DKM lead St. Patrick’s Day weekend party in Lowell

A review of the Dropkick Murphys at the Tsongas Arena on March 15, 2008

, Editor-in-Chief

There is no other way for Bostonians to properly celebrate St. Patrick\’s Day than with the Dropkick Murphys. Forget the Southie parade, these Celtic-punk rockers are the new definition for Boston Irish. And so this past weekend brought ample opportunities to catch the band, from the IBEW Hall to the intimate confines of the Paradise Rock Club plus a handful of special radio gigs and a stop at the Politicians Roast/Breakfast on Sunday, you could not avoid the band. But it was the second of two gigs on Saturday at the Tsongas Arena in Lowell that signified the band\’s rise to fame.

Saturday night\’s show, originally scheduled for the Lowell Memorial Auditorium, was performed before a near capacity crowd despite the show being moved to the spacious venue only a few days prior. And the hometown favorites pulled out all the stops to make it a very memorable show for the faithful audience.

Following the band’s standard introduction of a pitch black stage with The Chieftains and Sinead O\’Connors collaborative effort of "The Foggy Due" being played, the Bunker Hill Pipe Band led the band on stage to a rousing ovation through opener "For Boston".& You’d be hard pressed to find a band that delivered such a simple but thrilling way to open the show. It set the tone perfectly for "Famous For Nothing", the first of a handful of new tunes off the band’s new release, The Meanest Of Times. The faithful crowd was rich with energy: the floor was a mess of no less than three circle pits for most of the night while those in the stands joined in what became mainly a set of passionate sing-a-longs.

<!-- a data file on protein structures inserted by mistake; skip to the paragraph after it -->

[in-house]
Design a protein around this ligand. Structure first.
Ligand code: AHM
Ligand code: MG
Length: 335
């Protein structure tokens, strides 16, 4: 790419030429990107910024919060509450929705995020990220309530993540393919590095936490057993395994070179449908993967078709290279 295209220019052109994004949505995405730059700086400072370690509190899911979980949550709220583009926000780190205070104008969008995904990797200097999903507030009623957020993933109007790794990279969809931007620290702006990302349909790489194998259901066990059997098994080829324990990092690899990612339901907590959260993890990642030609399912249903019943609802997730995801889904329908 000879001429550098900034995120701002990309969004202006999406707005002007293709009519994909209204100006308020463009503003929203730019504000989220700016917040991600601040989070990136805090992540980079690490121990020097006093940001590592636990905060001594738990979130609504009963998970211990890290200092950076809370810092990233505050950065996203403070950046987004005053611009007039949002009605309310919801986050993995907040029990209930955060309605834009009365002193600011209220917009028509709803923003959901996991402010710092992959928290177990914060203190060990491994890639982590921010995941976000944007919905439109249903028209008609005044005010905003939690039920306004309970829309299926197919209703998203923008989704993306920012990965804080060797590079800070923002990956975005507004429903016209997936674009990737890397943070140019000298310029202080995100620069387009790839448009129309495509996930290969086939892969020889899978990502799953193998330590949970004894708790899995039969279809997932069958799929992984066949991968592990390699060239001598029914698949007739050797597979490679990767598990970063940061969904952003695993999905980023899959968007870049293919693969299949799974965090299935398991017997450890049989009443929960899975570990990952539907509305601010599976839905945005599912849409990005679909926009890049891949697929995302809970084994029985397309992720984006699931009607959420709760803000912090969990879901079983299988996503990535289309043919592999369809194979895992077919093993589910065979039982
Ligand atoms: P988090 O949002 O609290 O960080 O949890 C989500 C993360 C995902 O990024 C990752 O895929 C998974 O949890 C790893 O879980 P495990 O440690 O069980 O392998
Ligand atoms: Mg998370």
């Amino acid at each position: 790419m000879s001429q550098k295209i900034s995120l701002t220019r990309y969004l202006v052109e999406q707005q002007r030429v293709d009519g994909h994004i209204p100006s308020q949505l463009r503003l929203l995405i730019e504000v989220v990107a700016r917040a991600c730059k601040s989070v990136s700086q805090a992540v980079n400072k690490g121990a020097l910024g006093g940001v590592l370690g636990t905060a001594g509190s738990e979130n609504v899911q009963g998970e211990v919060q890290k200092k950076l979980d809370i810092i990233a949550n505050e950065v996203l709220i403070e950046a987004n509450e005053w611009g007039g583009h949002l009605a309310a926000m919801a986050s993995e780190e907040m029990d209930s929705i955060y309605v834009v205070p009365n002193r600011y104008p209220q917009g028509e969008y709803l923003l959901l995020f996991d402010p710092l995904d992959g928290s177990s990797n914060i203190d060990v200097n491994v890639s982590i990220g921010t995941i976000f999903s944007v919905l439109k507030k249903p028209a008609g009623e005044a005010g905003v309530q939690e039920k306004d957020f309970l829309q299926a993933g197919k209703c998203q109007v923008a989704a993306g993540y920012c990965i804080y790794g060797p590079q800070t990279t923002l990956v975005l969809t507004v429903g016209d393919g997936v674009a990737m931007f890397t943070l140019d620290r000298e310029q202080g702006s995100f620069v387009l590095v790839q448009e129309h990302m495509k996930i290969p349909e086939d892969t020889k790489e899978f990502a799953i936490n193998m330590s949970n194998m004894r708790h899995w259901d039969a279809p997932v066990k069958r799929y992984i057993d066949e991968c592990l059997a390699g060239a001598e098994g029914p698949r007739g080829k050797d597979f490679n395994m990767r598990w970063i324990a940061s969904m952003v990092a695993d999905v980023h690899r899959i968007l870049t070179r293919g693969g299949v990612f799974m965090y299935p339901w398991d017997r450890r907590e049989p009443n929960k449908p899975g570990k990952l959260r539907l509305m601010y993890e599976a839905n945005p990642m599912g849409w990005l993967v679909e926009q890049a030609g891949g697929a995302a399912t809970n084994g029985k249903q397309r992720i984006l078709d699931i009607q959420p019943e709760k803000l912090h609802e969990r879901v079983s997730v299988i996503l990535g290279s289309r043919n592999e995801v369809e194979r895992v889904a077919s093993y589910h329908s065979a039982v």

"Johnny, I Hardly Knew You" welcomed step dancers from Quincy based Forbes School of Irish Step Dancing’s junior division, the senior division take the spotlight later during "Captain Kelly\’s Kitchen". Lowell\’s own Micky Ward made a cameo appearance prior to "Warriors Code", the fan favorite in his honor. A seven-piece string section landed their talents as DKM’s Ken Casey quipped, "We need someone up here who knows what they are doing." They, along with the UMass Lowell choir, performed a handful of tunes with the band. Though not as audible as most would have preferred, the effort on both sides to make the unique collaboration was great.

The show pulled together a vast set list that covered highlights from all parts of the band\’s catalog. Longtime fans were able to relish renditions of "Which Side Are You On" and "Barroom Hero", which stood up perfectly against new tunes like "The State Of Massachusetts" and "Tomorrow’s Industry." And of course, it was a St. Patrick\’s Day celebration so Irish hits like "Finnegan\’s Wake" and "Fields of Athenry" certainly brought the festive mood.& "Tessie" was met with an explosive sing-along while "Shipping Up To Boston", which was introduced by Red Sox closer Jonathan Papelbon, nearly shook the arena to its core. Other highlights included "The Dirty Glass", which featured Stephanie Dougherty on vocals, and the fist pumping blue-collar anthem “Worker’s Song”.

Balloons and confetti fell from the ceiling while all the girls in attendance jumped on stage for a fun "Kiss Me, I\’m Shitfaced" before "Amazing Grace" closed out the main set (and yes, the circle pits did oddly enough continue during the church anthem). The band returned for a five-song encore and as is custom, all fans hit the stage for a party like sing-along of "Skinhead on the MBTA" that flowed onto "Dirty Water" and show closer "Boys On The Dock".

Despite being the second of two 90-minute sets, the band’s crazed energy never dwindled. It was a show that soared on all levels. The band was spot-on sonically and the crowd’s energy was simply infectious.

So as the Dropkick Murphys fame in Boston only continues to rise, it seems the only place left for them to conquer is a headlining gig at the Garden. So, let’s get a petition for Dropkick Murphys at the TD Bankorth Garden on March 17, 2008 started now. Make it happen. Of course, we need to be greedy so a run of shows at the House Of Blues (if it even opens?) would be nice a lead-up.

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